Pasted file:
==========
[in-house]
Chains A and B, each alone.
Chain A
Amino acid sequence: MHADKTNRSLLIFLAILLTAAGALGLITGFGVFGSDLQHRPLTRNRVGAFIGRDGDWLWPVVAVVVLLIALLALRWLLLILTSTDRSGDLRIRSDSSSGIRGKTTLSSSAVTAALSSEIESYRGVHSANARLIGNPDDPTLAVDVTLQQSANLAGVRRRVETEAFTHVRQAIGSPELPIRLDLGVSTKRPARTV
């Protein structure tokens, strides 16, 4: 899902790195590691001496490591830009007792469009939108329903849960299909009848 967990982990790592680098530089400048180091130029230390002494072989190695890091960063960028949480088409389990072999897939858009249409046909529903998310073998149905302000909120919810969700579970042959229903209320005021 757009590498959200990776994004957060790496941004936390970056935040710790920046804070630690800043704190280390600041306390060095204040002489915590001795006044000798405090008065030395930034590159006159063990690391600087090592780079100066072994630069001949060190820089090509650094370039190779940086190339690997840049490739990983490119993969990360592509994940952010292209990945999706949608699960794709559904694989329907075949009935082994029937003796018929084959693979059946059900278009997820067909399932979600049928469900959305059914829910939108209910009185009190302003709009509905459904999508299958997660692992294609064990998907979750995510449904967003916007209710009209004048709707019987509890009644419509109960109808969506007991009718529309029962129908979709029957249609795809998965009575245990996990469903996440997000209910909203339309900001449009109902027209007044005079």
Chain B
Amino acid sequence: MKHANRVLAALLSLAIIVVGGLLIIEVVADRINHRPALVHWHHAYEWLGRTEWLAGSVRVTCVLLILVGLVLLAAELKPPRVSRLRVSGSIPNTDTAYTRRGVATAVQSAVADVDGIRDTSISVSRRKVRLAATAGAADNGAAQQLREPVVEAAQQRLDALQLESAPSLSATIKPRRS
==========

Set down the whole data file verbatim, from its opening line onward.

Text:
[in-house]
Chains A and B, each alone.
Chain A
Amino acid sequence: MHADKTNRSLLIFLAILLTAAGALGLITGFGVFGSDLQHRPLTRNRVGAFIGRDGDWLWPVVAVVVLLIALLALRWLLLILTSTDRSGDLRIRSDSSSGIRGKTTLSSSAVTAALSSEIESYRGVHSANARLIGNPDDPTLAVDVTLQQSANLAGVRRRVETEAFTHVRQAIGSPELPIRLDLGVSTKRPARTV
């Protein structure tokens, strides 16, 4: 899902790195590691001496490591830009007792469009939108329903849960299909009848 967990982990790592680098530089400048180091130029230390002494072989190695890091960063960028949480088409389990072999897939858009249409046909529903998310073998149905302000909120919810969700579970042959229903209320005021 757009590498959200990776994004957060790496941004936390970056935040710790920046804070630690800043704190280390600041306390060095204040002489915590001795006044000798405090008065030395930034590159006159063990690391600087090592780079100066072994630069001949060190820089090509650094370039190779940086190339690997840049490739990983490119993969990360592509994940952010292209990945999706949608699960794709559904694989329907075949009935082994029937003796018929084959693979059946059900278009997820067909399932979600049928469900959305059914829910939108209910009185009190302003709009509905459904999508299958997660692992294609064990998907979750995510449904967003916007209710009209004048709707019987509890009644419509109960109808969506007991009718529309029962129908979709029957249609795809998965009575245990996990469903996440997000209910909203339309900001449009109902027209007044005079």
Chain B
Amino acid sequence: MKHANRVLAALLSLAIIVVGGLLIIEVVADRINHRPALVHWHHAYEWLGRTEWLAGSVRVTCVLLILVGLVLLAAELKPPRVSRLRVSGSIPNTDTAYTRRGVATAVQSAVADVDGIRDTSISVSRRKVRLAATAGAADNGAAQQLREPVVEAAQQRLDALQLESAPSLSATIKPRRS